Most bankruptcy filers have not heard of the 2004 procedure, and that is a good thing. To know about it probably means that you have messed your bankruptcy case up pretty badly. To help prevent you from ever finding out about this issue in person, read on to learn more about what prompts the 2004 Exam and how you can easily avoid it.
Don't Break the Rules
Just like in any other legal proceeding, there are rules. Bankruptcy has some history of being the default for those who want to take advantage of its ability to forgive debt. Past abuse by consumers only means that now, filers are far more likely than ever before to run afoul of the bankruptcy codes. Most bankruptcy issues revolve around what you do before you even appear in the bankruptcy attorney's office. If you know about it ahead of time, you can avoid filing bankruptcy until things are cleared up.
What is Rule 2004 of the Bankruptcy Code?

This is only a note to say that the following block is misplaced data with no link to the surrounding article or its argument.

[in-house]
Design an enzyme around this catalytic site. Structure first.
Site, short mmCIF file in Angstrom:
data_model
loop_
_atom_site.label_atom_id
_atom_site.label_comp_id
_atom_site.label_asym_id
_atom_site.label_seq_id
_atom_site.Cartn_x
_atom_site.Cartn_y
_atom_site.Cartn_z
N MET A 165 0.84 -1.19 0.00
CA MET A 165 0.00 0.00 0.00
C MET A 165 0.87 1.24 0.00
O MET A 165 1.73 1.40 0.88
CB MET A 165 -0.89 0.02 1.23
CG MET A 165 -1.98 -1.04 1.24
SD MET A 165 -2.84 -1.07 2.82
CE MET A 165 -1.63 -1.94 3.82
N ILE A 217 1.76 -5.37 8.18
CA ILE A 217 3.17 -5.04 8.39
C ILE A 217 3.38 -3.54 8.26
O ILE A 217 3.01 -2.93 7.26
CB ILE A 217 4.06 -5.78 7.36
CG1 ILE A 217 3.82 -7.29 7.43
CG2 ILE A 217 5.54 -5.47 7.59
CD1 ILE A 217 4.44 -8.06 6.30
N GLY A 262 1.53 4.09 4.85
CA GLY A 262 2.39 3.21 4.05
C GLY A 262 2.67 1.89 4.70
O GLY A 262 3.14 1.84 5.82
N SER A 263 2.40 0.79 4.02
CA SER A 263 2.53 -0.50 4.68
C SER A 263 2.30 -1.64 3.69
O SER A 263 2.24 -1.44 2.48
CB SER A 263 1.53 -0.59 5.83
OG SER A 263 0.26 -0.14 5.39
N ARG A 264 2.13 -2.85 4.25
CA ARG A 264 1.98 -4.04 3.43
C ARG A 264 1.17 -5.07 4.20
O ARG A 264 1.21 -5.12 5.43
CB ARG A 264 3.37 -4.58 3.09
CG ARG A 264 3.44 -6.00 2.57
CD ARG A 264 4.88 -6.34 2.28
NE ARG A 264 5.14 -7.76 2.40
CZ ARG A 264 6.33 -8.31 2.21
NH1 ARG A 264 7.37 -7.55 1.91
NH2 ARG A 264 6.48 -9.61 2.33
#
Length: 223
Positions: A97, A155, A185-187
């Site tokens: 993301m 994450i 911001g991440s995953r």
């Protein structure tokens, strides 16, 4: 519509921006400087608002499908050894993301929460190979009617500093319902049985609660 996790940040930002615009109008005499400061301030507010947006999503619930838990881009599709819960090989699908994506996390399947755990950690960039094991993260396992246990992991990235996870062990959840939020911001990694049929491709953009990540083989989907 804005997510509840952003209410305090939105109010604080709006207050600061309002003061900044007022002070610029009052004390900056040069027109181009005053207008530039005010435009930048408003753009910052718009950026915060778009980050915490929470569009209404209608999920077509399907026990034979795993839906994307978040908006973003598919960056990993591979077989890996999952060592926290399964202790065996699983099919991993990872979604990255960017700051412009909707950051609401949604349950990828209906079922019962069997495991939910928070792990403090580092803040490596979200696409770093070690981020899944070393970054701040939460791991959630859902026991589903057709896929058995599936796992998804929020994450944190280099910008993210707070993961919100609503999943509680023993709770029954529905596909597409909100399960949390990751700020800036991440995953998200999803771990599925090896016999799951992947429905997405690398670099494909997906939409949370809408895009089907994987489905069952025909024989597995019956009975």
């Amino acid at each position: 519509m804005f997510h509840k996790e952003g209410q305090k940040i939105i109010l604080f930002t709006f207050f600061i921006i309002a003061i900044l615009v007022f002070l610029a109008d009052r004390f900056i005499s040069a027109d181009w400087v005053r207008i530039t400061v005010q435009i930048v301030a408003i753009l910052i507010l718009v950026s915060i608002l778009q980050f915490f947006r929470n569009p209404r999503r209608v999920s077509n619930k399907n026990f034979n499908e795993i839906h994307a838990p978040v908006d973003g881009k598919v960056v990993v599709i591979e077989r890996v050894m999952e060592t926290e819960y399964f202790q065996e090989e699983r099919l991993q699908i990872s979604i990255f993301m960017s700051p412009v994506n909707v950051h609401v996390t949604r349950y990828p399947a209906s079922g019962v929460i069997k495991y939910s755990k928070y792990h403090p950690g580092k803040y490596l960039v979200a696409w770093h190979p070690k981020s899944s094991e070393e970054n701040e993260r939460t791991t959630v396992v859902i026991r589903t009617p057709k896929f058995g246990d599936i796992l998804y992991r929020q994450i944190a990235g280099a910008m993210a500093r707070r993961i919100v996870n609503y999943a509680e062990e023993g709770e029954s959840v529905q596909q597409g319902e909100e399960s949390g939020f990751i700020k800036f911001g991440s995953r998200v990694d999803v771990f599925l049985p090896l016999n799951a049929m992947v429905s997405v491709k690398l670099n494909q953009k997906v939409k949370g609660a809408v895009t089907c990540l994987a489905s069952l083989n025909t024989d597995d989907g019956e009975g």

This hearing means that the bankruptcy trustee or a creditor needs to question you about some aspect of your case. The creditor's meeting opens the door for creditors to appear and question you about your case, but just because they don't do so doesn't mean they cannot do so afterward. When you are called to appear at a Rule 2004 meeting, it means you have some more explaining to do.
Issues That Can Prompt the 2004 Examination
To avoid problems, review the following common bankruptcy issues with your bankruptcy attorney:
Hiding Assets – If the bankruptcy trustee has reason to believe that you have not been honest when you listed your property on the bankruptcy forms, you may be questioned under oath. Some trustees – or their representatives – visit a filer's home and other property locations to ascertain the validity of the assertions on the paperwork. Just be accurate when you fill out your property holdings inventory and you have nothing to worry about.
Pre-bankruptcy Transactions – The trustee can, and will, look back over the months prior to a filing in search of sales and gifts to others. Selling, trading, or giving away property can be seen as disposing of property that could be sold and provided to your creditors. For example, if you let your cousin "buy" your jet-ski and you failed to charge them fair market value, the sale could be undone.
While the above are common reasons for a 2004 exam, they are not the complete list of issues. Speak to a chapter 7 or chapter 13 bankruptcy lawyer to find out more about being honest and accurate with your filing.